Sunday, June 22, 2008

Fortunately He Couldn't Care Less About Dinger

One of our neighbors organized a trip to Coors Field to watch the Colorado Rockies play the New York Mets today. We have a pretty tight group on our street; a lot of us are about the same age, in the same place in our lives and have kids also about the same age.

The response was great -- eight families, 28 people total. We got a group of tickets together in the center-field bleachers, affectionately known as the Rockpile. Most of us took the light rail together and after baking in the 90-degree heat for the first couple of innings we got some relief from wind and cloud cover. We made it all the way to the bottom of the eighth inning, which isn't bad for a group with 13 kids between the ages of two and eight.

I was fortunate to go to a few major league games when I was a kid. They were always a really big deal, since they started with a three-hour drive whether we went to Boston or New York. I remember one trip to Fenway Park in particular. The Red Sox were taking on the Mariners, and my dad's bowling buddy Tommy Shramm came along. Just to bust my dad's chops he bought a Mariners hat and rooted for Seattle. I think the Mariners even won.

Tommy tragically passed away at a young age, I believe from brain cancer. But watching and listening to him and my dad jaw at each other during that game proved to be a good introduction to the fine art of talking trash.

Today was Taryn's first major sporting event of any kind in person, and she correctly identified what watching baseball was good for by falling asleep about halfway through. Zak was also four the first time he and I went and I managed to get him all the way to the end of the game with the lure of different concessions. "Just six more outs and we'll go get ice cream, Zak." We went again when he was five and he was done by the fifth inning that time. Then we were blessed with the opportunity to get to see game four of last year's World Series together.

Zak knows I like the Red Sox and has always been somewhat partial to them himself too because of it. When he was just a year old Derek Lowe of the Sox was the starting pitcher for the All-Star Game. I raced home from work, put him in his Red Sox onesie, grilled up a couple of hot dogs and we ate them together while we watched the start of the game.

The week before the World Series game he said to me, "Daddy, I still like the Red Sox. But I think I like the Rockies a little bit more..." I laughed and told him that was fine, and he could cheer for any team he wants. He already had a Rockies hat, but we went out that afternoon and got him a t-shirt with Troy Tulowitzki's name and number on the back and a hooded purple sweatshirt to go with it.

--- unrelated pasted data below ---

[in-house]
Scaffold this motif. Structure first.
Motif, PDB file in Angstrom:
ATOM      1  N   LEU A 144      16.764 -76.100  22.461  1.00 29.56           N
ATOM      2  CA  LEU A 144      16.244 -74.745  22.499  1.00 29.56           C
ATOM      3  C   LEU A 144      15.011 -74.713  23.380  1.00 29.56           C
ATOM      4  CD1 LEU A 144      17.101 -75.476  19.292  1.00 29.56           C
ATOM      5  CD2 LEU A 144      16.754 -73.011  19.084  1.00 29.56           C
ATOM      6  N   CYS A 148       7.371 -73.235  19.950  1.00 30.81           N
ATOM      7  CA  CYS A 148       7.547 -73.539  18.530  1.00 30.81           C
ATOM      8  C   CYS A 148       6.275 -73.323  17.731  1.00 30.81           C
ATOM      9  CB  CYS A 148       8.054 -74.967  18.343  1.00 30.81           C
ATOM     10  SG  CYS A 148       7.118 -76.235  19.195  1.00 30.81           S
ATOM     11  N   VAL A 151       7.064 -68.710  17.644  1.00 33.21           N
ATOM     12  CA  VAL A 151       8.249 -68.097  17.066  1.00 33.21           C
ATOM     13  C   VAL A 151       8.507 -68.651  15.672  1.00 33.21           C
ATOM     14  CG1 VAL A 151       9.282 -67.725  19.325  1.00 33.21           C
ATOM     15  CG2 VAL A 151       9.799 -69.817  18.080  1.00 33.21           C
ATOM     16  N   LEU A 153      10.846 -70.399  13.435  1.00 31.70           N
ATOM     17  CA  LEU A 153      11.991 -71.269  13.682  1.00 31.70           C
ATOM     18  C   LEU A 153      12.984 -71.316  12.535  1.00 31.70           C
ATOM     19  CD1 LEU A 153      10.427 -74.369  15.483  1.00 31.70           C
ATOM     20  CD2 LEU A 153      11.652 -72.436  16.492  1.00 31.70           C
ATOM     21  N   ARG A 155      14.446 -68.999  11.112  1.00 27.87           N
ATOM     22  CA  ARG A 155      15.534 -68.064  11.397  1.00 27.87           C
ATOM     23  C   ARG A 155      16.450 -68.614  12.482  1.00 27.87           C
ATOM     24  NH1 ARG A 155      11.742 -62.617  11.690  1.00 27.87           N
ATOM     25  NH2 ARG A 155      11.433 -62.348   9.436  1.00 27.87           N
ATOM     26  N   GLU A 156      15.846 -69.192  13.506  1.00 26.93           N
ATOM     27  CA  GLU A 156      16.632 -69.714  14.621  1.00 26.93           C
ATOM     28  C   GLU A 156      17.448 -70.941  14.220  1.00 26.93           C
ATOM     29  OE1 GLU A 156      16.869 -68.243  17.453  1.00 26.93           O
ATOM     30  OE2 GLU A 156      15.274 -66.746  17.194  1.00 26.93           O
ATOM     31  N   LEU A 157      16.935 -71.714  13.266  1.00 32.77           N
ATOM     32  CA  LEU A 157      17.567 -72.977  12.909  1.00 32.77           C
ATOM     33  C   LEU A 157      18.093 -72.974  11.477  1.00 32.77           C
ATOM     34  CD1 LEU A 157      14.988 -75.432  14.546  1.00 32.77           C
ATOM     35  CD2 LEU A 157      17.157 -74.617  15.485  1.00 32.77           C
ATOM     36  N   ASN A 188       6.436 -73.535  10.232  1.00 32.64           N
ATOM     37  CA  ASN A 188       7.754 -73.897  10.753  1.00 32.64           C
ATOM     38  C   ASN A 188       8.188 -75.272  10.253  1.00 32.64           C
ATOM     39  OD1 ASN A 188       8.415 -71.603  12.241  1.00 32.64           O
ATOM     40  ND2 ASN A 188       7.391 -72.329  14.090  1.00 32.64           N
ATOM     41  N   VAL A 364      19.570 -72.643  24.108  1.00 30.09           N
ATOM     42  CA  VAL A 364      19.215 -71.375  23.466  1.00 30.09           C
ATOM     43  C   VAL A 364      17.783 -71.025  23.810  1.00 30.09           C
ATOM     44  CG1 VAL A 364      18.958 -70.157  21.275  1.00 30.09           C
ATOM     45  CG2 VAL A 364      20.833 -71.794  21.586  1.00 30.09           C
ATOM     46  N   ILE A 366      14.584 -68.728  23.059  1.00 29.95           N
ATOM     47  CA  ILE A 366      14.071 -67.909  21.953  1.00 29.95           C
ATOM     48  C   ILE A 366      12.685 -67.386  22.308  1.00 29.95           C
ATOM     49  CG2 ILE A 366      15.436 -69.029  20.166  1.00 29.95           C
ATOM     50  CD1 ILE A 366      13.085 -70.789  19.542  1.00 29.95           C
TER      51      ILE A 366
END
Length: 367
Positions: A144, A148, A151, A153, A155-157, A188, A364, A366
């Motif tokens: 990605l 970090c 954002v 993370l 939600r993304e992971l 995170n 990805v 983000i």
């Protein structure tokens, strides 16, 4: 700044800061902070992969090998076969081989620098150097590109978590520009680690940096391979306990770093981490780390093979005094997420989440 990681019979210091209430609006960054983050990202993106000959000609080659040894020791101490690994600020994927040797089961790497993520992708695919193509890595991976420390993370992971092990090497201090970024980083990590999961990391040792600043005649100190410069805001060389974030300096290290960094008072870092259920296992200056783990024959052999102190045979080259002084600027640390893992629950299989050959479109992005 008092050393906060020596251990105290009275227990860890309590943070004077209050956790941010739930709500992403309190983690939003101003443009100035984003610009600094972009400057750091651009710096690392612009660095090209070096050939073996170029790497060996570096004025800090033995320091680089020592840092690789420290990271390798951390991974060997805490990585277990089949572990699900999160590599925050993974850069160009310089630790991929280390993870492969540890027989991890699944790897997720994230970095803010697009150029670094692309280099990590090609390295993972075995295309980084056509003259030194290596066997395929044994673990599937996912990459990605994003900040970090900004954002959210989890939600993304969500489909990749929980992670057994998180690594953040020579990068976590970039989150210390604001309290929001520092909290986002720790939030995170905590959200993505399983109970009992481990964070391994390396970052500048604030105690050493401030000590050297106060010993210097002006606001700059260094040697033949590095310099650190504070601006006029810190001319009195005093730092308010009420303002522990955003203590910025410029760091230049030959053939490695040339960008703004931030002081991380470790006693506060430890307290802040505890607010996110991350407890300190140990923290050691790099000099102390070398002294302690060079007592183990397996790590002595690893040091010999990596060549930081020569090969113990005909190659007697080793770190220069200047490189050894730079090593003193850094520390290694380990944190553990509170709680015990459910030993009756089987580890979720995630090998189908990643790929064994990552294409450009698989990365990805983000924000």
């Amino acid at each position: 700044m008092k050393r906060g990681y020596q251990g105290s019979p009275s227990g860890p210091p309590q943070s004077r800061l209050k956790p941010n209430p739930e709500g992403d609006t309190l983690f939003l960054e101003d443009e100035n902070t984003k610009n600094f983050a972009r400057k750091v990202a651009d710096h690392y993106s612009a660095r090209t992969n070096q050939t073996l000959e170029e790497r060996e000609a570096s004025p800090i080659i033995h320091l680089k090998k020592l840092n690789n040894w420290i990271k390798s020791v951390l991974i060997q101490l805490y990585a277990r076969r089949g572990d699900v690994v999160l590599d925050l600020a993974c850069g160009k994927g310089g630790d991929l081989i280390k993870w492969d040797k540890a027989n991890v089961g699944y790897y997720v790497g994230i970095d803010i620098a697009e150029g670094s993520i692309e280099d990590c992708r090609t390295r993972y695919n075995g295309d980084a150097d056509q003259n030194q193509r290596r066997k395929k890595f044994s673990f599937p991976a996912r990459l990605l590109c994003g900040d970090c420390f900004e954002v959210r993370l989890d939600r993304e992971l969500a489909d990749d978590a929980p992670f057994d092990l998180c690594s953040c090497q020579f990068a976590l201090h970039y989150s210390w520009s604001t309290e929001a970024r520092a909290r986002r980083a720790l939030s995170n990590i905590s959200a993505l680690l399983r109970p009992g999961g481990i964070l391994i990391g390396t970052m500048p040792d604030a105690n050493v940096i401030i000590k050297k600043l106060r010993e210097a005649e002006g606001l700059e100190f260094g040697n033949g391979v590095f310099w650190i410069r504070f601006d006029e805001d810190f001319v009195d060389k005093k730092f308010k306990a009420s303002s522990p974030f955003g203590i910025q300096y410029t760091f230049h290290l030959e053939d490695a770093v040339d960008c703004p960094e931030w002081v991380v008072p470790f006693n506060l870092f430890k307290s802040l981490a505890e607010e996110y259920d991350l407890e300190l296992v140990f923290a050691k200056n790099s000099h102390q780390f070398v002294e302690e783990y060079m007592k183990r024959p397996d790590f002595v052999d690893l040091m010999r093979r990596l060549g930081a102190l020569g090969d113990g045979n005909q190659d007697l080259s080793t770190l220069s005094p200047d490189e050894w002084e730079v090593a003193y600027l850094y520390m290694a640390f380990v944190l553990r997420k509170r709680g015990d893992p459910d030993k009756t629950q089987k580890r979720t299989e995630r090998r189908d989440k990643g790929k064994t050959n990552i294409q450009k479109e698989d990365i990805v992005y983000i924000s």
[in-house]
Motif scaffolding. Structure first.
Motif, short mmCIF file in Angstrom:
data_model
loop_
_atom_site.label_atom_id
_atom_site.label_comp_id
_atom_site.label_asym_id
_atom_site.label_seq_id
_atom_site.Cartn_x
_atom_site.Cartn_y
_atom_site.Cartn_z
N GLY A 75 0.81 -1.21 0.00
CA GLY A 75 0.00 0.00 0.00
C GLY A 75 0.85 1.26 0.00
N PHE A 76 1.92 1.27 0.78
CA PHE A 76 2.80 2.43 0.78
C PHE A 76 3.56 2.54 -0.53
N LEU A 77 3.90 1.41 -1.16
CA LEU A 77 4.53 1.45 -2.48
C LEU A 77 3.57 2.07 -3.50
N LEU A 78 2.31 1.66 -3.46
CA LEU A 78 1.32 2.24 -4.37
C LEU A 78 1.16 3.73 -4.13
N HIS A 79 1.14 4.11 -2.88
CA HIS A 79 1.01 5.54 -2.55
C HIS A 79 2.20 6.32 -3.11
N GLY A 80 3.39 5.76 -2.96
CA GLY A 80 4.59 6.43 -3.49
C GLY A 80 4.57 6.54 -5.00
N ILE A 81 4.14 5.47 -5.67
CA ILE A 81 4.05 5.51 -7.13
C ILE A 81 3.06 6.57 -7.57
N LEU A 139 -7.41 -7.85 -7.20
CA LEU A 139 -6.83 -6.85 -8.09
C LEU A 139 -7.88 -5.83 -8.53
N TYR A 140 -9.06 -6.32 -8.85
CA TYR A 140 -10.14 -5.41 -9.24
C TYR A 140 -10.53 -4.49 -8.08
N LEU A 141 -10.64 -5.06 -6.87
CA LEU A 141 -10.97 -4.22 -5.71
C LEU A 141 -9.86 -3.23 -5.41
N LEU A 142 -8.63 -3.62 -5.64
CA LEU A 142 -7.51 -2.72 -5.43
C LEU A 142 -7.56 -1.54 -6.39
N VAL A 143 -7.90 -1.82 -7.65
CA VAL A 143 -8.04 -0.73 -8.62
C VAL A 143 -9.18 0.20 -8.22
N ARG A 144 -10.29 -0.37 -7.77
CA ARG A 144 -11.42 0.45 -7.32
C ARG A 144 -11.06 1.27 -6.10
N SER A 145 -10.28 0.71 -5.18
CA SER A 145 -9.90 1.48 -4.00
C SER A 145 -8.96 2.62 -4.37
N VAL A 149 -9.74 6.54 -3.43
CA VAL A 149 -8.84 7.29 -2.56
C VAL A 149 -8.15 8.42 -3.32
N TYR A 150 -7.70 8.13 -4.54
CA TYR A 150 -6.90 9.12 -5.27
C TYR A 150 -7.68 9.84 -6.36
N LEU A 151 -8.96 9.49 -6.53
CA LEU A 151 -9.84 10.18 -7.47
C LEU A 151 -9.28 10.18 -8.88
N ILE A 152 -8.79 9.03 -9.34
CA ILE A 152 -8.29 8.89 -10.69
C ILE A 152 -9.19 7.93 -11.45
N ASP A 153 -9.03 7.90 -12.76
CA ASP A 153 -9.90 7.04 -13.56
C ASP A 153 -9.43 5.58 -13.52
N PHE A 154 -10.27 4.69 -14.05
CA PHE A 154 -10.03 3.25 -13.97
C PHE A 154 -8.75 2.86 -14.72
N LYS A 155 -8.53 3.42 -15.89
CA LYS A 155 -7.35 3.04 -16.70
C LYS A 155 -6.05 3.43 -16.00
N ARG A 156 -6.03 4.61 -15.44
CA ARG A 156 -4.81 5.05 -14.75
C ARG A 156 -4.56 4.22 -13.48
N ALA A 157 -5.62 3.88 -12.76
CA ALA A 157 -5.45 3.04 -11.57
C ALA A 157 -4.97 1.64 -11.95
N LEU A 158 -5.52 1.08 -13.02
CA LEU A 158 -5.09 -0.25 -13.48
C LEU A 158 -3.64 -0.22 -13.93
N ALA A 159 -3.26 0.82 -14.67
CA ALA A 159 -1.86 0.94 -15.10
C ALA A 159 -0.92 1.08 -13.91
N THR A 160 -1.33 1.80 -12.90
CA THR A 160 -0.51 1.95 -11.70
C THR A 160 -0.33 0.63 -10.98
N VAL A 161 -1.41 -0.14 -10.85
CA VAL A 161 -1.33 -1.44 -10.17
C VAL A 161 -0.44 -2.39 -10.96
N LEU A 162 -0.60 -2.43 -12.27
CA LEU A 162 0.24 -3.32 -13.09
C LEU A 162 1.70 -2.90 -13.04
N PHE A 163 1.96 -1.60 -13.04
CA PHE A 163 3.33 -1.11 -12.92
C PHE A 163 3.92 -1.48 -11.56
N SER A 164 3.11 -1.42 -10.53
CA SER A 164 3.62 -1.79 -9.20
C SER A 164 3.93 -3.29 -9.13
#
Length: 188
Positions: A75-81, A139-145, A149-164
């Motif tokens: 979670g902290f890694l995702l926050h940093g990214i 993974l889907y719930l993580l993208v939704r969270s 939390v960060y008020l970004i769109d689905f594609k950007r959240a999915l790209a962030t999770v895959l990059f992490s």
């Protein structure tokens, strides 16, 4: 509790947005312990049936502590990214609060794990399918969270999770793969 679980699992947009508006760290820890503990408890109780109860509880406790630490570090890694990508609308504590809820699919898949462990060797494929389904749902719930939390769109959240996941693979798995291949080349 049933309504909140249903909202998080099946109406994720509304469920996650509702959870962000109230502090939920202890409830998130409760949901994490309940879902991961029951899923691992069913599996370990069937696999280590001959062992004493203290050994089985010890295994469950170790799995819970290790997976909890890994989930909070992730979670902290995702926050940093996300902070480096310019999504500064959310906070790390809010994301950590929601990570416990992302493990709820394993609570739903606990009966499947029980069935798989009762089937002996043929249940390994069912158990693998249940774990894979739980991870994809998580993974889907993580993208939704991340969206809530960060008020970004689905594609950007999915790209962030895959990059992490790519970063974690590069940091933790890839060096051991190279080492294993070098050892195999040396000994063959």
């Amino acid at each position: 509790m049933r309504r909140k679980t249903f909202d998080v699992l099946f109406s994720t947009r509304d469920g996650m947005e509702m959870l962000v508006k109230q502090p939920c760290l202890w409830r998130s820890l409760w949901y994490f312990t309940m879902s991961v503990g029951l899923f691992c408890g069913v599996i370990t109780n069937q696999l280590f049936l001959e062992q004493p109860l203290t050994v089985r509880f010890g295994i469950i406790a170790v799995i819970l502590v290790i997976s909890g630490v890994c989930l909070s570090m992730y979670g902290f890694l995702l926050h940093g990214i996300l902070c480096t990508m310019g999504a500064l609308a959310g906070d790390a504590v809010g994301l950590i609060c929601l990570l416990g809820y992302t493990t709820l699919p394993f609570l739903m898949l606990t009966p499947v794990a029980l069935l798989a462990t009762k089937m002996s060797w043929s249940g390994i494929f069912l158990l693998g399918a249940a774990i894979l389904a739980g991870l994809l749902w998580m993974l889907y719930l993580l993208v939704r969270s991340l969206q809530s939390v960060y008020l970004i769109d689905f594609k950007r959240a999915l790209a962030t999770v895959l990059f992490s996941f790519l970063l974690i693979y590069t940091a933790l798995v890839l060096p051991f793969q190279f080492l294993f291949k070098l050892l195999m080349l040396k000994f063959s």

The fans in our section were great to him, high-fiving him whenever the Rockies did something good (which wasn't often). I told him how special it was that he was getting to see his first World Series when he was only six years old and another guy in the section said, "I'm 66 years old, and this is MY first World Series!"

He decided he had to go to the bathroom during the seventh-inning stretch, of course. The only time during a baseball game that the men's room actually has a line. And six-year-old boys don't give you a lot of warning when they have to go. So he's doing the pee-pee dance at the end of the line when some guy up ahead of us notices his distress. He shouts, "Hey, we got a little kid back here!" and the line parted like the Red Sea to let him to the front. Not sure if that would happen in many cities besides Denver.

When Jonathan Papelbon struck out Seth Smith to end the game and clinch the series most of the Red Sox fans in attendance congregated behind the visiting team dugout. I didn't think the newly minted Rockies fan needed to have his nose rubbed in it, so we just watched the celebration from our seats for a few minutes before heading home.

Zak was more interested in goofing off with his buddies today than actually watching the game, but that's fine with me. The social aspect of sports is part of their immense appeal, even when you're in second grade. He did pay more attention than I thought, though. He said tonight that the best part was when the Rockies hit a home run, which is how they scored their lone tally.

Unlike Tommy Shramm, I didn't buy a Mets hat to taunt him. He's probably still a little young for that sort of induction into talking trash.

But if the Sox and Rox ever meet in the Fall Classic again, all bets are off.

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